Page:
Deborah Madison's new book, Local Flavors, is as densely packed
as a CSA produce box with everything from local nuts - Wisconsin
Hickory and California Green Pistachio's - to foraged mushrooms,
Charentais melons and huckleberries. Madison celebrates the
regional diversity available at farmer's markets across the
country and makes a strong case for why corporately grown
food and long-haul distributors no longer need control our
food choice or access to variety.
Interspersed throughout the book are essays on regional specialties,
farming and the real essence of agriculture - a connection
to the land. As author and gentleman farmer Wendell Berry
so aptly stated, "Eating is an agricultural act." Madison
makes agriculture come alive for her readers by taking them
to the fields. She introduces them to how varieties of items
are grown - Belgium endive and heirloom peaches- the art of
harvesting and the costs of weather and then she brings it
all to the table.
Local Flavors can be summed up in one word - diversity. Madison's
passionate curiosity is unfailing. She talks with everyone
from Kent Whealy of the Seed Savers Exchange in Decorah, Iowa
who save, catalog and sell heirloom seeds, to Eliot Coleman,
known for his extensive winter farming in Maine. She's not
cashing in on the latest food trend either. Rather, she's
taking us to an overdue revival. As one of the farmers, Richard
McCarthy of New Orleans says, "For us, food says what's best
about our region, and that we have a food culture worth preserving.
There's a regional pride here and everywhere that makes one
place different from another."
The book layout is by botanical family and regional seasons,
not by menu. It's an effective way to mingle like-products
with a variety of preparations. Local Flavors isn't a thick
glossy designed to romanticize farm life but, like a farm
report, it puts the broader farming culture into context.
Standing in a field and watching a summer storm wipe out a
crop is a strong lesson in economics. Talking with heritage
peach farmer Mas Masumoto at his California market (author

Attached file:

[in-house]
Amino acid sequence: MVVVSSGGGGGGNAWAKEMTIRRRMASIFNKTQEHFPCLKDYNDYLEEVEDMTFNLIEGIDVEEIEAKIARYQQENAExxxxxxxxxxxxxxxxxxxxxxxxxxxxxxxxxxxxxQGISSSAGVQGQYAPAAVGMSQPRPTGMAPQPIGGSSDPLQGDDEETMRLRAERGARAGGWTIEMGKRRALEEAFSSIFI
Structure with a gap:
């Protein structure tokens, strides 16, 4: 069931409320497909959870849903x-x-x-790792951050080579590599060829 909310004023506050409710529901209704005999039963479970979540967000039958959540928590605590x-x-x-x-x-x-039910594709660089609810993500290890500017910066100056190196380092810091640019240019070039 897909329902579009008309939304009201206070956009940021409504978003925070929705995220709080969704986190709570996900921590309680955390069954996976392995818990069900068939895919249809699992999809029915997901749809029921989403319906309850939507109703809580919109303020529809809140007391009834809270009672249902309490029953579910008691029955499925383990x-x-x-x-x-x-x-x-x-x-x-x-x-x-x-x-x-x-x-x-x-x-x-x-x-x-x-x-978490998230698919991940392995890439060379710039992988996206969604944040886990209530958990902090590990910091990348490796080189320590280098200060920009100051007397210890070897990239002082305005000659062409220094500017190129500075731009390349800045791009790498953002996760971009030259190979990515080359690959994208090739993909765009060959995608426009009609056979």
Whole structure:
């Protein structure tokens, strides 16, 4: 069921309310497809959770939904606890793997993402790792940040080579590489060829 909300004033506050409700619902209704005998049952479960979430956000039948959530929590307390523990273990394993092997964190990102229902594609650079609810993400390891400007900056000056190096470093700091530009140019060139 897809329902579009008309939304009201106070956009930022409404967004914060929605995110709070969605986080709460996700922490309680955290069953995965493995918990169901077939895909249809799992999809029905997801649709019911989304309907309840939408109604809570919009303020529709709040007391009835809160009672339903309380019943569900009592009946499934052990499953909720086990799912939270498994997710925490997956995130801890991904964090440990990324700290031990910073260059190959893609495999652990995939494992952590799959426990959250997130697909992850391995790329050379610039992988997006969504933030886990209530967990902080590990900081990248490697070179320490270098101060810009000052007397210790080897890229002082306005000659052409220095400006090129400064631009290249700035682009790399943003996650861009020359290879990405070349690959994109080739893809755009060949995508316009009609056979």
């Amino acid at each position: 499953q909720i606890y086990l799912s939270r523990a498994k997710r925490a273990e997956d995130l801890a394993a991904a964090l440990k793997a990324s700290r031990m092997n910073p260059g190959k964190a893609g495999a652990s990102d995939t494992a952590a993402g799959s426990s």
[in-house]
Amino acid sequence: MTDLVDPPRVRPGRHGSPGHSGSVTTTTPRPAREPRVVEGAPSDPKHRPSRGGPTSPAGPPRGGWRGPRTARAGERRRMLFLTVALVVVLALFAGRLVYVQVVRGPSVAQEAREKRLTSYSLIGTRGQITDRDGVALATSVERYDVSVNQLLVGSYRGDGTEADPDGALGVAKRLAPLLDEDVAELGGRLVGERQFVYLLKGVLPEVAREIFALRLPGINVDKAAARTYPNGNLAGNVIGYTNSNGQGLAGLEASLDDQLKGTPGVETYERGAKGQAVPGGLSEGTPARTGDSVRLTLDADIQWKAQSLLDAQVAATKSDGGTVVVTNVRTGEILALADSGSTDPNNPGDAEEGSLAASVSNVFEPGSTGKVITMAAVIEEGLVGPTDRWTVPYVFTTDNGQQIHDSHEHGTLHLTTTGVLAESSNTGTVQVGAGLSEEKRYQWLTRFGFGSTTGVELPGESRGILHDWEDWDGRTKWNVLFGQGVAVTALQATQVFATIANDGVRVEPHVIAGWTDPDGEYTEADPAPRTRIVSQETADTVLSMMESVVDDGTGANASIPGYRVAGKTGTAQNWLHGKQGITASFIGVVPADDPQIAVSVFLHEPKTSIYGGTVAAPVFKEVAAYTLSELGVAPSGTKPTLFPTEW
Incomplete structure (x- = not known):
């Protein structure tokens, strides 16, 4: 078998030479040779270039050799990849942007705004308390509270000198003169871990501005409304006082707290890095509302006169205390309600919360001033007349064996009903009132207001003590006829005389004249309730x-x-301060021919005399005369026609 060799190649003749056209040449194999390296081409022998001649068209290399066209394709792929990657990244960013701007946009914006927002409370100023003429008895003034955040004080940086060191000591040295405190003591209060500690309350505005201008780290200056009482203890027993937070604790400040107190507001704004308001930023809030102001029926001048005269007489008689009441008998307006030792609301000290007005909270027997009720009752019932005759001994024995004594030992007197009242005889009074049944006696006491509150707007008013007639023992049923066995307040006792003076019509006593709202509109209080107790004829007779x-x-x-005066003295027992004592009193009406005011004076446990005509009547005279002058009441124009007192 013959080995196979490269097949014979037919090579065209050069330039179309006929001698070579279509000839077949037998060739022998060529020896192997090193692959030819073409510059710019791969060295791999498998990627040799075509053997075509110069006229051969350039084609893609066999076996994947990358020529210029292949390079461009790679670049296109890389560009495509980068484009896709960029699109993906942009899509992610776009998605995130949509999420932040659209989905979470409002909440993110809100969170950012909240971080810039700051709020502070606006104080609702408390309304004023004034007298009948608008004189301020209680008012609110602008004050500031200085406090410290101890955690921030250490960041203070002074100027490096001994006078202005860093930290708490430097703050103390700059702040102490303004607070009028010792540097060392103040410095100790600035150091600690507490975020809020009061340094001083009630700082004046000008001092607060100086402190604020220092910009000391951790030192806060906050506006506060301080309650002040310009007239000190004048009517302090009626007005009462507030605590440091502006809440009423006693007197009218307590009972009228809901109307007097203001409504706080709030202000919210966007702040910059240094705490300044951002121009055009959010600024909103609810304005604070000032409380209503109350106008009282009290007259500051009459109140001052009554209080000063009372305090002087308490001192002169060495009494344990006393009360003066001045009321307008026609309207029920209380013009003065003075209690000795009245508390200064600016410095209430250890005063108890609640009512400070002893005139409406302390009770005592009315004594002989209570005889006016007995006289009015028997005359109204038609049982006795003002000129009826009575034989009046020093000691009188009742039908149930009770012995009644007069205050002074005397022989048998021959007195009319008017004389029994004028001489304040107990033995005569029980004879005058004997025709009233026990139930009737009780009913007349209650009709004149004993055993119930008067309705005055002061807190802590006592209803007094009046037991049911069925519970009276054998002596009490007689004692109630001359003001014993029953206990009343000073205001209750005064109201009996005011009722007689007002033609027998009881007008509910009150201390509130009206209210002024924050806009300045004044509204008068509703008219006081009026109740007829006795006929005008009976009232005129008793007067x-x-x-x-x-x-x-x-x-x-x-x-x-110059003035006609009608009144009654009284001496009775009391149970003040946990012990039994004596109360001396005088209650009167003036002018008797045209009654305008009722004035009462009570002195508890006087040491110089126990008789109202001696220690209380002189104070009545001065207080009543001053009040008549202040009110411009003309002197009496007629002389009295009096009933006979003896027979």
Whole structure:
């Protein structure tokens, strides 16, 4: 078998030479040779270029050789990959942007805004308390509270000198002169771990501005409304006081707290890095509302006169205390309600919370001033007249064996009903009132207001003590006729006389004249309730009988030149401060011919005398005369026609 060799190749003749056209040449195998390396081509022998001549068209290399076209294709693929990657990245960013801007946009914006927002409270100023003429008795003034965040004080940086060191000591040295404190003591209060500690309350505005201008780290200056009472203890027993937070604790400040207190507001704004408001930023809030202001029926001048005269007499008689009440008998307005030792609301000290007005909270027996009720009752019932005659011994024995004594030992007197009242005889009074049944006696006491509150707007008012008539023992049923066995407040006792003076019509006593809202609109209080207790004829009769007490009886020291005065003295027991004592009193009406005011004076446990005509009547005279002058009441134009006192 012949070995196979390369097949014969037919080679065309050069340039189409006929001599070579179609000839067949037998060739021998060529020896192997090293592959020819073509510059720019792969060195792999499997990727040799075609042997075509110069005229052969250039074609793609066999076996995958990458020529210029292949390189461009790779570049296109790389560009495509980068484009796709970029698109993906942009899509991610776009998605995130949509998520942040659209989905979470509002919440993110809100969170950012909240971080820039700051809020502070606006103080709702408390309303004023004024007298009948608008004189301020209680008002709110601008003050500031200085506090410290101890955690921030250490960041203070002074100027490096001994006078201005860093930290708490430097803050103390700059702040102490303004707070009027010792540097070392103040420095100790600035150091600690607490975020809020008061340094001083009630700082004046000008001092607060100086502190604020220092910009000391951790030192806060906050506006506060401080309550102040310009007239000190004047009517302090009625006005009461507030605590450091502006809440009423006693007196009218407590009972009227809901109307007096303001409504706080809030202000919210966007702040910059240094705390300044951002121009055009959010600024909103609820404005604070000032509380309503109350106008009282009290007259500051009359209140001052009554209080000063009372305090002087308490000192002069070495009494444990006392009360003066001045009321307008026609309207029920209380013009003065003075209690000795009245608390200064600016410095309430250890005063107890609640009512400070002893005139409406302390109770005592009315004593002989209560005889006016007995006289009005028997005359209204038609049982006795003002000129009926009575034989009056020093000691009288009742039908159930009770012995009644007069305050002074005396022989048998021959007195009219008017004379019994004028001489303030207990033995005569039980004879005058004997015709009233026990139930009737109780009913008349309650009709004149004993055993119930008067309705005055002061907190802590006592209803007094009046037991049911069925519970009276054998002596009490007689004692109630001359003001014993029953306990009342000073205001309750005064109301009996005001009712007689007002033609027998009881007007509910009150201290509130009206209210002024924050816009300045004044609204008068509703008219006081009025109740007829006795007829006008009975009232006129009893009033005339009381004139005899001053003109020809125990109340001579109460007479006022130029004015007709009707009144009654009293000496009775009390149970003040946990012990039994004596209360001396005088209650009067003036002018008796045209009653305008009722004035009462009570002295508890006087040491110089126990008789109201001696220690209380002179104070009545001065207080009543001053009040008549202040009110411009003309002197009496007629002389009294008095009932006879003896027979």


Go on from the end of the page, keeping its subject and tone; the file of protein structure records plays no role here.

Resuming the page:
of Epitaph for a Peach) you can sample a succulent peach and
debate commercial vs. quality production.
The recipes reflect the vast variety available in regional
markets and redefines product uniformity in Madison's terms;
uniformity lies in the products extraordinary taste, not in
its shape or size. Above the recipes, she weaves handling
suggestions for less familiar products with broader ideas
to launch cooks in other prep directions (with the added bonus
of knowing where you might land).
The resources in the back of the book are a bit sparse but,
at the same time, this book isn't about hand-holding. Madison
encourages her readers to make their own connections and discoveries
in their local communities. Ultimately, this bringing together
is what getting back to the land is all about.
To find the farmers' markets nearest you, look at The National
Directory of Farmers' Markets, a USDA publication, www.ams.usda.gov/farmersmarkets
and get out there.
Written By: Mari Coyne
Mari Coyne wanders the culinary alleys and fields looking
for curious people and stuff to photograph and write about.
After a nearly 5 year run, she sold her interest in Three
Tarts Bakery, to pursue her original interests in journalism,
agriculture, documentary photography, culinary history and
FBI Most Wanted posters. She's single, cute (occasionally,
but rarely, cranky), willing to move and refuses to work retail